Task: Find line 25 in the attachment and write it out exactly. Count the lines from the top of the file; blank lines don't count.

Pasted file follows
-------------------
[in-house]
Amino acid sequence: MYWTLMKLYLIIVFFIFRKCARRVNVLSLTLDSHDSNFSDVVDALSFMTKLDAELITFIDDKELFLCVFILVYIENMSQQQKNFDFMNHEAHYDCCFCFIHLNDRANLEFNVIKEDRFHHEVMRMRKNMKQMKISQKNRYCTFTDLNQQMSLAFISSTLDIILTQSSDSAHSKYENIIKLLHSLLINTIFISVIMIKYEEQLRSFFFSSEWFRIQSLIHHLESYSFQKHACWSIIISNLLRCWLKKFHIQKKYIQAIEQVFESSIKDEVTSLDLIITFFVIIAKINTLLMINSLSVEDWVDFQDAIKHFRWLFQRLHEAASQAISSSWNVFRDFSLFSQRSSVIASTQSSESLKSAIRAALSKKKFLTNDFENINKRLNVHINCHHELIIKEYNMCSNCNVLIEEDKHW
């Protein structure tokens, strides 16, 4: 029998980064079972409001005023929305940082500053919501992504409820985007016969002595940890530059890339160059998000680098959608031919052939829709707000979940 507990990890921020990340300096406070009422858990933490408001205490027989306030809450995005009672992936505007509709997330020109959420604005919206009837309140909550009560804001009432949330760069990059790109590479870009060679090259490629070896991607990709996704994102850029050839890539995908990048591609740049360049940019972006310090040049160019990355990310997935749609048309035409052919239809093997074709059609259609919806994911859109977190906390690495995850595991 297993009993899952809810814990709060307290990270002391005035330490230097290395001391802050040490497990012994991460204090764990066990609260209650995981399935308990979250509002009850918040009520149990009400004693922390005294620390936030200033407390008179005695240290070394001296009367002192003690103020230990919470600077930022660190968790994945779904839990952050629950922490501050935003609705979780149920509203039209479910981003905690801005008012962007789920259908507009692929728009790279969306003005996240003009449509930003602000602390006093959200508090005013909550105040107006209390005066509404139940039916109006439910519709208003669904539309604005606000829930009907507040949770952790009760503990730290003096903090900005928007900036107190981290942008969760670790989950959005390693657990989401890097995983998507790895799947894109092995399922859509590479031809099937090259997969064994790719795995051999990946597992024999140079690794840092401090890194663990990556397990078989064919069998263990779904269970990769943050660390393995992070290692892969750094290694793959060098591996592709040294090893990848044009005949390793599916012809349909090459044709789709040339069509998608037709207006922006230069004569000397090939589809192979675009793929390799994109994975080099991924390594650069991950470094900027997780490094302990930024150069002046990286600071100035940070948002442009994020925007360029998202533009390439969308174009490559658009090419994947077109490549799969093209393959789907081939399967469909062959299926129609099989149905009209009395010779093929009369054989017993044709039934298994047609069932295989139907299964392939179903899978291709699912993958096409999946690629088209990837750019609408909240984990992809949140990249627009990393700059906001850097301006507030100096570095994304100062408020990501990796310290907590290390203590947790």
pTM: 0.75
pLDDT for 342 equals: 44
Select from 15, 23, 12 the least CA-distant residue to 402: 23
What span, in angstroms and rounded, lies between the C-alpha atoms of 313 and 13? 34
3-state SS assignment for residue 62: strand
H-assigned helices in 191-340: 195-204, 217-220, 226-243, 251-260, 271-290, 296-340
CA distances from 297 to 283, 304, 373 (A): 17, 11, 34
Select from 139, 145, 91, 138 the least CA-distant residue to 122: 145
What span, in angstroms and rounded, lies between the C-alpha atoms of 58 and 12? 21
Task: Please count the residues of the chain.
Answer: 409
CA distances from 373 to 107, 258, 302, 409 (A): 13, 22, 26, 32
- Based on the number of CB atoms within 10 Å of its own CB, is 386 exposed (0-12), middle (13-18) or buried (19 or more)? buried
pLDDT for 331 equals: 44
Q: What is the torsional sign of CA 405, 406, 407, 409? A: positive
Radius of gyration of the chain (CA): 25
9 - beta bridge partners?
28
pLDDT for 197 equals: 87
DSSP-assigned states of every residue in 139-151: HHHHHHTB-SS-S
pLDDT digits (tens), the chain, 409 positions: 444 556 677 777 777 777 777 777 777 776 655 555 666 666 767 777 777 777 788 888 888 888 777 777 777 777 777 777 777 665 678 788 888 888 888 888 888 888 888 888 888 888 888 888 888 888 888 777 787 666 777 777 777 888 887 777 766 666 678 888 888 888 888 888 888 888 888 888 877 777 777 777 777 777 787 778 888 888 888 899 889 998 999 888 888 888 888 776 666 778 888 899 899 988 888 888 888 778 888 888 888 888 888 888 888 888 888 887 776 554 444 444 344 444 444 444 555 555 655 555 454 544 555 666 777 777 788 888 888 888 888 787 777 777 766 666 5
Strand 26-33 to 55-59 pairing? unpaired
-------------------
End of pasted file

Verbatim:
Strand 26-33 to 55-59 pairing? unpaired